Figures 10 and 11 show the time evolution of the y-direction kinetic energy and the total magnetic energy EM = Σij |Bij|2/2 for all the simulations considered in this study. As in the previous problem, i, j are the spatial indices. Because of stretching and wrapping of the field lines within the vortices, the magnetic energy slowly increases with time at the expense of the kinetic energy content of the flow. After the primary rolls reach the top and bottom boundaries (t/tmax ≃ 0.25), EK,y saturates due to the periodicity of the grid and starts to decrease. The secondary vortices keep winding up the magnetic field lines until Lorentz forces start to feedback on the velocity field, breaking down these inner structures. The two original shear interfaces get closer to each other (see Fig. A.3) until a strong numerical reconnection event happens at t/tmax ≃ 0.45, which violently decouples the primary rolls and causes a secondary peak in EK,y at t/tmax ≃ 0.5. After this time, other reconnection events break down the flow into smaller structures, and both the magnetic and the kinetic energy are slowly dissipated away by the action of numerical resistivity and viscosity.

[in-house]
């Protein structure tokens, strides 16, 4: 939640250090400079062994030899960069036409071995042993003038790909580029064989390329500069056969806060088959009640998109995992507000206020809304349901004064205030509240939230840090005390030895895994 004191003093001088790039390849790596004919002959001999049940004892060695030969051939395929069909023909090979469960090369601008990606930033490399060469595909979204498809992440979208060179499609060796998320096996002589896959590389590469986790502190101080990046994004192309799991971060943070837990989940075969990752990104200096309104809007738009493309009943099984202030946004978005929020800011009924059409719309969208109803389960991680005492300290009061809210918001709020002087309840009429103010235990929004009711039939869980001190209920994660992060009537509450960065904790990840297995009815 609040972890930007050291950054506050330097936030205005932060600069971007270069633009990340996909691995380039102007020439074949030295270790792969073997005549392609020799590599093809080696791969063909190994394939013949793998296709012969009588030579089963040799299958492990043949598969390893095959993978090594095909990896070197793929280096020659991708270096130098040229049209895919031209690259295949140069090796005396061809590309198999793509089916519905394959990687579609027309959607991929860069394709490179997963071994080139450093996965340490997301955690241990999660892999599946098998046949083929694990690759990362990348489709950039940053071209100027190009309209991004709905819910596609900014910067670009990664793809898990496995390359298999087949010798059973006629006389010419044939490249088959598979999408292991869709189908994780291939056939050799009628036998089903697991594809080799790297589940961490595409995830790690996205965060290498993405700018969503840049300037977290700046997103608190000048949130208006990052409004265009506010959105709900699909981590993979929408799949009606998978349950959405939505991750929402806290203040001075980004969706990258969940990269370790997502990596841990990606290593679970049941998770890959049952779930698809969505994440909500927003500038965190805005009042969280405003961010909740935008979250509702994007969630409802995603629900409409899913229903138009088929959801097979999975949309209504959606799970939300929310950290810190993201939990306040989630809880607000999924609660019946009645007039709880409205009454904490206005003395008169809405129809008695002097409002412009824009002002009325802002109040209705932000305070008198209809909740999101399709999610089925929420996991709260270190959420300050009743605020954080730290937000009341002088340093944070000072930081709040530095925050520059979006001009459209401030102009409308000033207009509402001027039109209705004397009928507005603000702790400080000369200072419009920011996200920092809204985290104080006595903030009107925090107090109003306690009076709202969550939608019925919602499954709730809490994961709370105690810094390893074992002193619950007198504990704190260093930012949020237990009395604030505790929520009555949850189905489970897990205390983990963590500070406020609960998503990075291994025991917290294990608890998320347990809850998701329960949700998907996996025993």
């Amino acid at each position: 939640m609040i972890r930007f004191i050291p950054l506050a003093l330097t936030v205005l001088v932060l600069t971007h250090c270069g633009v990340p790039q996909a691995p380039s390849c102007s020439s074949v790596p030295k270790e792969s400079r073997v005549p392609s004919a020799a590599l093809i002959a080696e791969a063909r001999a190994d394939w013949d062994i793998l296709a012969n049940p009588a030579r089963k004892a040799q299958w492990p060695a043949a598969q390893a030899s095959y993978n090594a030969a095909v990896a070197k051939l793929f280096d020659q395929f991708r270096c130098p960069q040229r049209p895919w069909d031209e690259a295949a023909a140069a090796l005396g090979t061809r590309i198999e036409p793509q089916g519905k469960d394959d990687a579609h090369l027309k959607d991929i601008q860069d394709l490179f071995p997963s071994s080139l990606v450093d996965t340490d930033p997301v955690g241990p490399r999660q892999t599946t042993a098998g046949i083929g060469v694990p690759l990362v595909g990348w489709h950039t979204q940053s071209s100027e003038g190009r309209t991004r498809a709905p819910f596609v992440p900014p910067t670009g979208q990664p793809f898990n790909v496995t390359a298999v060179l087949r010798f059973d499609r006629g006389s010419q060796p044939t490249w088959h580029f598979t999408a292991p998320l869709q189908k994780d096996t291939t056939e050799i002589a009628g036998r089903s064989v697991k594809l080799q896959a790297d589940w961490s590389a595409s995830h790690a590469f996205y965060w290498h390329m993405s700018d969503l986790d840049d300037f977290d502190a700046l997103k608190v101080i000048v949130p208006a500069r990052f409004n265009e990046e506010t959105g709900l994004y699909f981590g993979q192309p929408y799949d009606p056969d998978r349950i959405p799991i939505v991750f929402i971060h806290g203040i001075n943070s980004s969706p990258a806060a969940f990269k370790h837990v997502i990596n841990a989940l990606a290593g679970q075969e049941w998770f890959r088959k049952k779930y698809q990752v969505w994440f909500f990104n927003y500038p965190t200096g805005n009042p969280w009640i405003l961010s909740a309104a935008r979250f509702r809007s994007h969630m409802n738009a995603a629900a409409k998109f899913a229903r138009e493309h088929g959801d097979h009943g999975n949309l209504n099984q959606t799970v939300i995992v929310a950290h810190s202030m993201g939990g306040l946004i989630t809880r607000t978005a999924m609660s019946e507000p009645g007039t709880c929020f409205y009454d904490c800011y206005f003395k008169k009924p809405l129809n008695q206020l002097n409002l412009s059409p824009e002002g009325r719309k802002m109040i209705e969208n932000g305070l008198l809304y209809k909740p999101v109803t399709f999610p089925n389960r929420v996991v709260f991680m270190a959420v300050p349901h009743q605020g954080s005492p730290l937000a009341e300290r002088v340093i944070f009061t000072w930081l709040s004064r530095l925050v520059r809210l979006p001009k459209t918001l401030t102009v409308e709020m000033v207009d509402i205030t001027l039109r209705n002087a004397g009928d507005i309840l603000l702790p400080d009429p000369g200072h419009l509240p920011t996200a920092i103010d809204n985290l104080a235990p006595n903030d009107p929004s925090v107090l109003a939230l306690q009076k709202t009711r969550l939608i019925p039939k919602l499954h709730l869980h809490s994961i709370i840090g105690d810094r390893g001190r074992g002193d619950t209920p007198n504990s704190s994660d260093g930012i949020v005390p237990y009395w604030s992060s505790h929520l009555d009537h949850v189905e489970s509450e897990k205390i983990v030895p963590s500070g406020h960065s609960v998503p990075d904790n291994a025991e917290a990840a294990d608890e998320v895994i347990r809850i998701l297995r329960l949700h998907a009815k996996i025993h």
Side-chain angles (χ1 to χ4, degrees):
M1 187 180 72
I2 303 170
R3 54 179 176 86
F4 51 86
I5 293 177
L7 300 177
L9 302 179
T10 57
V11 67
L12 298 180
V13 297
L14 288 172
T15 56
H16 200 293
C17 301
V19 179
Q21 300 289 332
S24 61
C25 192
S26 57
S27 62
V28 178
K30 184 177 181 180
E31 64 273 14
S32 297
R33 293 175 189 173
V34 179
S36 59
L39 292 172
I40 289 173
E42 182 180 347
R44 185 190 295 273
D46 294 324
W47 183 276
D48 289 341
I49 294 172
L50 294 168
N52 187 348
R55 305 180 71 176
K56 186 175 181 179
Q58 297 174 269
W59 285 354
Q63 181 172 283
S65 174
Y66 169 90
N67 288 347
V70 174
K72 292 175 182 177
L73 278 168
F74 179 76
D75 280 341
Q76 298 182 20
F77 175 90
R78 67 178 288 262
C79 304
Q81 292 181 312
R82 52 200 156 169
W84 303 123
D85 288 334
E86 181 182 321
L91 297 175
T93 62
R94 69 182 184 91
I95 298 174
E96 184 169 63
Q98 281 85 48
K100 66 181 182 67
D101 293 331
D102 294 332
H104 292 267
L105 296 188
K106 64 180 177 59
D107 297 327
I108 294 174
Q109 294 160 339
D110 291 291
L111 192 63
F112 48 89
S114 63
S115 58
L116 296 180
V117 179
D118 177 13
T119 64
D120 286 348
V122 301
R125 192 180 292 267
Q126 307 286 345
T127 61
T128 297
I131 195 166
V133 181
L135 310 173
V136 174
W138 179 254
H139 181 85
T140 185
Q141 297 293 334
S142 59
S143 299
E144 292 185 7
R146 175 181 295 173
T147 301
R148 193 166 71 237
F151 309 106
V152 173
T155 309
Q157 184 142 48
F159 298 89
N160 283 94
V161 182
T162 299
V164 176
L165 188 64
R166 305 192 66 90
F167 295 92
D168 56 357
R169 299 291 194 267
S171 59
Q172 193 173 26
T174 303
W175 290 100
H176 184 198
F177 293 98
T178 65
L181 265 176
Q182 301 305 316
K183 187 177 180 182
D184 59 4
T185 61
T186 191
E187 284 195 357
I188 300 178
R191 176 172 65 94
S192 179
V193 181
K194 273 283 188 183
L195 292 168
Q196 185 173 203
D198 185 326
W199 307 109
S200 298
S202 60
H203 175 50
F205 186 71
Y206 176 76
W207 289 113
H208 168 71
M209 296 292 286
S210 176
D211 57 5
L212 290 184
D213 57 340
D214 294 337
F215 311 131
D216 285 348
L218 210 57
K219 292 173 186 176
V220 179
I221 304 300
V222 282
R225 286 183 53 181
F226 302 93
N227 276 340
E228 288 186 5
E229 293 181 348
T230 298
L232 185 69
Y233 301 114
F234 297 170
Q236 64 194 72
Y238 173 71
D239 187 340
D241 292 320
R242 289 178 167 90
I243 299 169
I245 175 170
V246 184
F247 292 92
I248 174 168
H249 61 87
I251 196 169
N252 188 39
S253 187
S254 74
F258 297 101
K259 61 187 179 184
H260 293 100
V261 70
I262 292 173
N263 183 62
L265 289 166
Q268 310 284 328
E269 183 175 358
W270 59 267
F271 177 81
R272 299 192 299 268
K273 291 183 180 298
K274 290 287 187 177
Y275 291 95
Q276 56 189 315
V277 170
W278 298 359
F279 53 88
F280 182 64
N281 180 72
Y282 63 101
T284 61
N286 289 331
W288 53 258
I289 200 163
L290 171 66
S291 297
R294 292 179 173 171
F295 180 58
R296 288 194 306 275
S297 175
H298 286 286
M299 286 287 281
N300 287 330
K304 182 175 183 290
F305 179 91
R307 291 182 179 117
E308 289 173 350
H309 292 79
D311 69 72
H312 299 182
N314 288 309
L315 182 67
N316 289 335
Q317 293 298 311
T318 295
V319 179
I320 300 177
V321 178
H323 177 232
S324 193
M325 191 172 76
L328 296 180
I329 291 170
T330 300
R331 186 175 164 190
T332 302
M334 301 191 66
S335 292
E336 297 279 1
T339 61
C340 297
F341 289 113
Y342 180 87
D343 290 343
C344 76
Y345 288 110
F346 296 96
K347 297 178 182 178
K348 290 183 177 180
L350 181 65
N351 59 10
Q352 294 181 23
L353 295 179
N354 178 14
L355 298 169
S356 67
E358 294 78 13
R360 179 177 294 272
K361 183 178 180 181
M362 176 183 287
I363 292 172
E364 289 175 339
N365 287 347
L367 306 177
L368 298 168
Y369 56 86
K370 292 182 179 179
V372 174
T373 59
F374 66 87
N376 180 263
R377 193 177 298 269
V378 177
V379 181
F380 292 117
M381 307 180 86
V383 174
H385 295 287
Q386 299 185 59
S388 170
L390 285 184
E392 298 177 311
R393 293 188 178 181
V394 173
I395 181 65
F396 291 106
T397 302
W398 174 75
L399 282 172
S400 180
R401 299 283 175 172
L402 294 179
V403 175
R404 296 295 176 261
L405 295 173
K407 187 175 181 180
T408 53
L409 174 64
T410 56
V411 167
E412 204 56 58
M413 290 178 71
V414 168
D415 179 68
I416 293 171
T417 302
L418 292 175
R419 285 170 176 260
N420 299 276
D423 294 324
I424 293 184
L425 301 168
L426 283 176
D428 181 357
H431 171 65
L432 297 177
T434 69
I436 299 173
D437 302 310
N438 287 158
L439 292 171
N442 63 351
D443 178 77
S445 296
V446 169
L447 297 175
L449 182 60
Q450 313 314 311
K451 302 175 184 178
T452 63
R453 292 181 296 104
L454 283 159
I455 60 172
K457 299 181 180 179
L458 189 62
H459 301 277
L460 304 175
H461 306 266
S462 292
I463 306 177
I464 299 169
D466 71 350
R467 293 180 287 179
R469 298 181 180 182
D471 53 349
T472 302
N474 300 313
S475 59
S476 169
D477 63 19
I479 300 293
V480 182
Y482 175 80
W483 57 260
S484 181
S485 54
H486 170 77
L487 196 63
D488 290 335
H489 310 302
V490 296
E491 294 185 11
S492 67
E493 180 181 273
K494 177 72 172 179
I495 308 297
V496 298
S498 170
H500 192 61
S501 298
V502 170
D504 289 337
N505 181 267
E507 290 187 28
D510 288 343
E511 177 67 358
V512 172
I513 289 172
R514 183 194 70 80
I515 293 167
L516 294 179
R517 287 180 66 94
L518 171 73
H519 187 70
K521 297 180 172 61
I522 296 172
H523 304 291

Since in this case we solved the ideal MHD equations, there is no characteristic scale on which magnetic and kinetic energy are dissipated into heat, so numerical effects play a significant role on progressively smaller scales at higher resolution. Thus, the amplification and dissipation of magnetic energy hardly converge for the resolutions considered in this study. The initial growth of EK,y, in contrast, is not much influenced by the initial weak field, and it is mostly determined by the strength of the shear flows and the width of the shear interface, which is resolved. As a consequence, EK,y converges until the major numerical reconnection event affects the velocity field. As shown in Fig. 10, the HLLD solver requires more resolution to reach convergence as the setup is run at progressively lower sonic Mach numbers. Eventually, the Mach-dependent pressure-diffusion coefficient in Eq. (27) completely dominates the evolution of the flow and deteriorates the numerical solution. For this reason, at ℳx = 10−4 we were able to successfully run with HLLD only the 64 × 32 and 128 × 64 grids, while for higher resolutions the nonlinear solver failed to converge.